Predicting evolution from the shape of genealogical trees
Richard A. Neher, Colin A. Russell, Boris I. Shraiman
(Submitted on 3 Jun 2014)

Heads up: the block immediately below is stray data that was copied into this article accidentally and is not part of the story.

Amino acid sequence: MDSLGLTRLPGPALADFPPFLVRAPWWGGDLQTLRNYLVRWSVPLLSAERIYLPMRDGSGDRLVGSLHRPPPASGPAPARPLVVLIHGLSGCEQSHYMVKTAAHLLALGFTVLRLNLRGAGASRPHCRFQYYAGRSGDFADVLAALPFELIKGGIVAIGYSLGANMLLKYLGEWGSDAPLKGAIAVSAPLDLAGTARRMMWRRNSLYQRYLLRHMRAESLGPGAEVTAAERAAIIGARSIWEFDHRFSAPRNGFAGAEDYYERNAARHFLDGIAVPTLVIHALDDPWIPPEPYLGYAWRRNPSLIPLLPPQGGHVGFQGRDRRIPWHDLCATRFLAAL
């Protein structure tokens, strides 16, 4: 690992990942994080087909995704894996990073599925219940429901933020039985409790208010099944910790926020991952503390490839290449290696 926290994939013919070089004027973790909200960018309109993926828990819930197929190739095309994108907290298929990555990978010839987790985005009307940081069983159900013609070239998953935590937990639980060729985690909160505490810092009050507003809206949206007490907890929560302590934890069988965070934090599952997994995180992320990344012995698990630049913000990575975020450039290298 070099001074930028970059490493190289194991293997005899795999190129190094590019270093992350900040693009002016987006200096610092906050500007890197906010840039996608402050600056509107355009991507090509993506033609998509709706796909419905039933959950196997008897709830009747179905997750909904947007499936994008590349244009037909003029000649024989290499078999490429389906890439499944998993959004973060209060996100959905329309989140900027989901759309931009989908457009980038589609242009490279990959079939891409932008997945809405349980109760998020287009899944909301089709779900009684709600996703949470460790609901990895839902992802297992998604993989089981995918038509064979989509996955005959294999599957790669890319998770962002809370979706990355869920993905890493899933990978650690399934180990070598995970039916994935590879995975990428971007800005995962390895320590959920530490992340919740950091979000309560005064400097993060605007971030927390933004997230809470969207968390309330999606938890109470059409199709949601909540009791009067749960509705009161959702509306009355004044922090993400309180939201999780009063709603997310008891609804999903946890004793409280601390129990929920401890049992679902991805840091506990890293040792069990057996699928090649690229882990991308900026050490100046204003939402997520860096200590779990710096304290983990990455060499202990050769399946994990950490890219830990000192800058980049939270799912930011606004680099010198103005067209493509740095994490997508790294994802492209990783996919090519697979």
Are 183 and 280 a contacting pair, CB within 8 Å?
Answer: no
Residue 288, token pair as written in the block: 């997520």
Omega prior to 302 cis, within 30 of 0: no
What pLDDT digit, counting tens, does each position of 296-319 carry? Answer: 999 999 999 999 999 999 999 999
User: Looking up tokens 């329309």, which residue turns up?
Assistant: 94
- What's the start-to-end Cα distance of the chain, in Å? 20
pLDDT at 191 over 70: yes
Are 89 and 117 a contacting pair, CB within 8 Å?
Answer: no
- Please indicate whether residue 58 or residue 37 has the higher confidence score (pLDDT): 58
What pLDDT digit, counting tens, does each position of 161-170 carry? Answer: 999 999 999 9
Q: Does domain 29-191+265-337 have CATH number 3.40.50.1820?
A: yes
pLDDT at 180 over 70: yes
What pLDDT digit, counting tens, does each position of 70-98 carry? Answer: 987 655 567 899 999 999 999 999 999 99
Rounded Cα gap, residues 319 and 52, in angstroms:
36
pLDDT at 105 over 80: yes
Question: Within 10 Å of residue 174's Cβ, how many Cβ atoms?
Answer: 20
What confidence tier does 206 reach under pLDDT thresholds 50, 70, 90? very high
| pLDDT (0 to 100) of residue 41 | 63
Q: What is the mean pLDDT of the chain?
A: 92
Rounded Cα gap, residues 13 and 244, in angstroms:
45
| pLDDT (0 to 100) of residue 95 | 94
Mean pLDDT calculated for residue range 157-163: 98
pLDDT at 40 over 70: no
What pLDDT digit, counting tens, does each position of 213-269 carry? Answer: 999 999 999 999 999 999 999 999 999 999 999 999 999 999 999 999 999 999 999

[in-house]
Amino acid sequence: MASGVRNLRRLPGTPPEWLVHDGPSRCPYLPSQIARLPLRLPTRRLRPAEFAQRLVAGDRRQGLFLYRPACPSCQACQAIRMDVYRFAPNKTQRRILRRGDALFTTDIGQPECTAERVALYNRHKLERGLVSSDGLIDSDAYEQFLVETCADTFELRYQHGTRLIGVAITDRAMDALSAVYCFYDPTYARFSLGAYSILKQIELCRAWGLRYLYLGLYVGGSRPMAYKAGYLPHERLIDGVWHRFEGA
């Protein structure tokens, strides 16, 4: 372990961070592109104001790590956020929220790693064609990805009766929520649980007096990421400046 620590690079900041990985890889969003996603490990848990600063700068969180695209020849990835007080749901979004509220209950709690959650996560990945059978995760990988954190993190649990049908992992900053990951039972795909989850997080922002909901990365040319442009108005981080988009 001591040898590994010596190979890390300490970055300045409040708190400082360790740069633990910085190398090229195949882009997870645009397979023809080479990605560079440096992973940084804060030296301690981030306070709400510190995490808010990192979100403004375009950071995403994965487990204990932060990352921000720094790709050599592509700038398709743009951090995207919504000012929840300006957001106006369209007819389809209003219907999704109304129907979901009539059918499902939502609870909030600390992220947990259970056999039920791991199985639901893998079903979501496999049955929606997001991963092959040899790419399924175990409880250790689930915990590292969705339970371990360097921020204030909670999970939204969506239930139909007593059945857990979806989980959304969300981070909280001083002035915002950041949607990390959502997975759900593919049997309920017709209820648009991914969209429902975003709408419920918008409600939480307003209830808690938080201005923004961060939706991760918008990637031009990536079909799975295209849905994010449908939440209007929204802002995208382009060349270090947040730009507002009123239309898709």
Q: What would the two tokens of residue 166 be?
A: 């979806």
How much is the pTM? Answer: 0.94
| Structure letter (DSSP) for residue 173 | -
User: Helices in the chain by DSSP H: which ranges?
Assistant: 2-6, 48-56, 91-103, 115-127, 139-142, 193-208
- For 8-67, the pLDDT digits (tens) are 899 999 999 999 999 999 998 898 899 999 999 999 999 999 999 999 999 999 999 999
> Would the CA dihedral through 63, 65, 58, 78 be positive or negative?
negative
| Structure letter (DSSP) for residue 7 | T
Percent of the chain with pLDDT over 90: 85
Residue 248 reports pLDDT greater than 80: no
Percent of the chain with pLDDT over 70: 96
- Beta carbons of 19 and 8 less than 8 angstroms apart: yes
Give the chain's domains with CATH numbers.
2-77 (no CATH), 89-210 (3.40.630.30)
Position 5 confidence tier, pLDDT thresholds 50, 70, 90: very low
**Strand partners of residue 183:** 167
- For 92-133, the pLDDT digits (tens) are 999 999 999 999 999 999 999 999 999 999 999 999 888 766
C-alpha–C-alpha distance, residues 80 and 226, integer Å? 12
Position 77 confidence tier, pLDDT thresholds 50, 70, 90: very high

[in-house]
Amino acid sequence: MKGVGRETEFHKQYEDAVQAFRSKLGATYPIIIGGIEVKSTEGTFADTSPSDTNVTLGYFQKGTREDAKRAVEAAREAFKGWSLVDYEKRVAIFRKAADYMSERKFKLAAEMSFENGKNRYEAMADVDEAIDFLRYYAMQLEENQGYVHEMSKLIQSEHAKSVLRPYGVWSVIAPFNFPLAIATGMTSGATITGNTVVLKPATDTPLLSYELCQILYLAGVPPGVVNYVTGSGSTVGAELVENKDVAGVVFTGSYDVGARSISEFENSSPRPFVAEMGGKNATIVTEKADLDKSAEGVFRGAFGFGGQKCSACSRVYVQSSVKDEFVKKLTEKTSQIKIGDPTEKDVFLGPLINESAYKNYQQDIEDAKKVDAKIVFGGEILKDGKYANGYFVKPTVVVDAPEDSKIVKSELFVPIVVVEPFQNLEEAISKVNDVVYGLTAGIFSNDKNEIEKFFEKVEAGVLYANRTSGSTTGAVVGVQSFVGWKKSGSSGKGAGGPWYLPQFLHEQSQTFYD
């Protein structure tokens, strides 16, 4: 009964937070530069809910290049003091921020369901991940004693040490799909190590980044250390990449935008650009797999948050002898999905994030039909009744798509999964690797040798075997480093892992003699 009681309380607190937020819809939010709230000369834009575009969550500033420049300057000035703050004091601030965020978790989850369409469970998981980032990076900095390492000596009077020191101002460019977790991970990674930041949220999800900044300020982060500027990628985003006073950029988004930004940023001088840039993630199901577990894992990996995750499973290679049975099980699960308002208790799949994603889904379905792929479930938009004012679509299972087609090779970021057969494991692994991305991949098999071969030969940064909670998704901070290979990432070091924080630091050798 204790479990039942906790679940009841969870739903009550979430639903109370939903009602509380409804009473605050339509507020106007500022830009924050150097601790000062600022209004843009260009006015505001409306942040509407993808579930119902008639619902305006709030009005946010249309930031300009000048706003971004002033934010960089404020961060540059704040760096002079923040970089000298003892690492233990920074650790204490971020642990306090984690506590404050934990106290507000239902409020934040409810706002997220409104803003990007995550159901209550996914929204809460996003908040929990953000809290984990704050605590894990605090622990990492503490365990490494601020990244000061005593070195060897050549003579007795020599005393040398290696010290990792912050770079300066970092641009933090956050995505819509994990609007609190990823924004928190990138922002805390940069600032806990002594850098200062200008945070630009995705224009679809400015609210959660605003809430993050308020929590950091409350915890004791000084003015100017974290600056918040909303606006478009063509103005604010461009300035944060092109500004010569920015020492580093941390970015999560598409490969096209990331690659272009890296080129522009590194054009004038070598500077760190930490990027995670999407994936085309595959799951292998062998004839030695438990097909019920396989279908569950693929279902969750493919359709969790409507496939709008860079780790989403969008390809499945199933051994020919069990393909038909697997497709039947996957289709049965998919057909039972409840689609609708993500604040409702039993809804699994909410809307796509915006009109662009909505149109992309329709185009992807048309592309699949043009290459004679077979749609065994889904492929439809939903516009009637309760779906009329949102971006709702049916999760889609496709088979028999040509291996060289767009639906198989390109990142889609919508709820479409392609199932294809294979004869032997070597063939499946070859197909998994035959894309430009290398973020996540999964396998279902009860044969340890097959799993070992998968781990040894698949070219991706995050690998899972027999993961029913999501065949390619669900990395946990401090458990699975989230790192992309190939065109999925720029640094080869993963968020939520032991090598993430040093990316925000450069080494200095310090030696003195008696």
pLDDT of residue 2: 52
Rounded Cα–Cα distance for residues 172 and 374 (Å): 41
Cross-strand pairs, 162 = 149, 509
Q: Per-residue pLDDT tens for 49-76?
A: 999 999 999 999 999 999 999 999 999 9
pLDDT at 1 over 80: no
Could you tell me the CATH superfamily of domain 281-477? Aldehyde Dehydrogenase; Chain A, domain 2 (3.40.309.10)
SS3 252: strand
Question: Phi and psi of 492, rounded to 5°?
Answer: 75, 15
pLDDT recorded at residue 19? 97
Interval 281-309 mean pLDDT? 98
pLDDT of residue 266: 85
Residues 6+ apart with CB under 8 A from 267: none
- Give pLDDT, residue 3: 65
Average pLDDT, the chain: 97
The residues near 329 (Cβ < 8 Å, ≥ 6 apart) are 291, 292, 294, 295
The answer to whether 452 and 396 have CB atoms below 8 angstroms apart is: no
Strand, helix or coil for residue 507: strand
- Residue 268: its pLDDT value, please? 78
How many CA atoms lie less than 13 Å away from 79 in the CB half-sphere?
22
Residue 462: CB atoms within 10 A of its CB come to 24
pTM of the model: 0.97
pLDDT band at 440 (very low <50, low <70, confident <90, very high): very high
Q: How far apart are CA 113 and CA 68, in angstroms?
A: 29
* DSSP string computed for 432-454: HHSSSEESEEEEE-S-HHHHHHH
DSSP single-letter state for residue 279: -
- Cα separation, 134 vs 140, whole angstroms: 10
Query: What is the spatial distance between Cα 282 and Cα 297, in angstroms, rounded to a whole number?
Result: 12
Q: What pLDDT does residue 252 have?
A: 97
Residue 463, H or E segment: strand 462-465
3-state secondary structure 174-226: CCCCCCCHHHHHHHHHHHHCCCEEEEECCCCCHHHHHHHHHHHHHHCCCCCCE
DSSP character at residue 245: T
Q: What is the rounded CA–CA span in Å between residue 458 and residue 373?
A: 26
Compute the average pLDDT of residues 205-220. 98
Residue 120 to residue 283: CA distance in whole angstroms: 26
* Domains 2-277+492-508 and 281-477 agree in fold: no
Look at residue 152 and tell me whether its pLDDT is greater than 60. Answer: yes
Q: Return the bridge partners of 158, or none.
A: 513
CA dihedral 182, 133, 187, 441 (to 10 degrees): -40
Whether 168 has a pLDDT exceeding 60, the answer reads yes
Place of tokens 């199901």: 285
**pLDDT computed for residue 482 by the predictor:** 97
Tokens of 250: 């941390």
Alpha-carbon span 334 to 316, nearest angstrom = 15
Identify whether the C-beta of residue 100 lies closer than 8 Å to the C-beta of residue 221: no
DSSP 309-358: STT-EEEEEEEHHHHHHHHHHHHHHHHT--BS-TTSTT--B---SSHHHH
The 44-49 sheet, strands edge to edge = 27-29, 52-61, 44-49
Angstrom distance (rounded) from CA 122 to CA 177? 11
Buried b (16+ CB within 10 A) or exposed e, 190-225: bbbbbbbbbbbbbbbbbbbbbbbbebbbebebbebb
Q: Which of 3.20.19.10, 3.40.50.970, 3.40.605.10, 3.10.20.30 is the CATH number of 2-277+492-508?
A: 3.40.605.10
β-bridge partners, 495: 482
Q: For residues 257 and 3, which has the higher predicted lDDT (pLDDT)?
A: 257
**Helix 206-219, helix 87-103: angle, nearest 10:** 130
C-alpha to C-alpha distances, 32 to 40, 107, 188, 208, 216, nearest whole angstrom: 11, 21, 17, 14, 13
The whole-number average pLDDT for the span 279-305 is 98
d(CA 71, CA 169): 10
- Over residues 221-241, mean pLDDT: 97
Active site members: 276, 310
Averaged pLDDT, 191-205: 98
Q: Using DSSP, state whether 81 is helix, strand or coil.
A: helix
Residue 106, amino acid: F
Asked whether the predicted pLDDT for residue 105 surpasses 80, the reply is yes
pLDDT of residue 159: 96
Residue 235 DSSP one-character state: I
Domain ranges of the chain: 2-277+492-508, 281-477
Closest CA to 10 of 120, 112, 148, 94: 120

Given a sample of genome sequences from an asexual population, can one predict its evolutionary future? Here we demonstrate that the branching pattern of reconstructed genealogical trees contains information about the relative fitness of the sampled sequences and that this information can be used to infer the closest extant relative of future populations. Our approach is based on the assumption that evolution proceeds predominantly by accumulation of small effect mutations and does not require any species specific input. Hence, the resulting inference algorithm can be applied to any asexual population under persistent selection pressure. We demonstrate its performance using historical data on seasonal influenza A/H3N2 virus. We predict the progenitor lineage of the upcoming influenza season with near optimal performance in 30% of cases and makes informative predictions in 16 out of 18 years. Beyond providing a practical tool for prediction, our results suggest that continuous adaptation by small effect mutations is a major component of influenza virus evolution.
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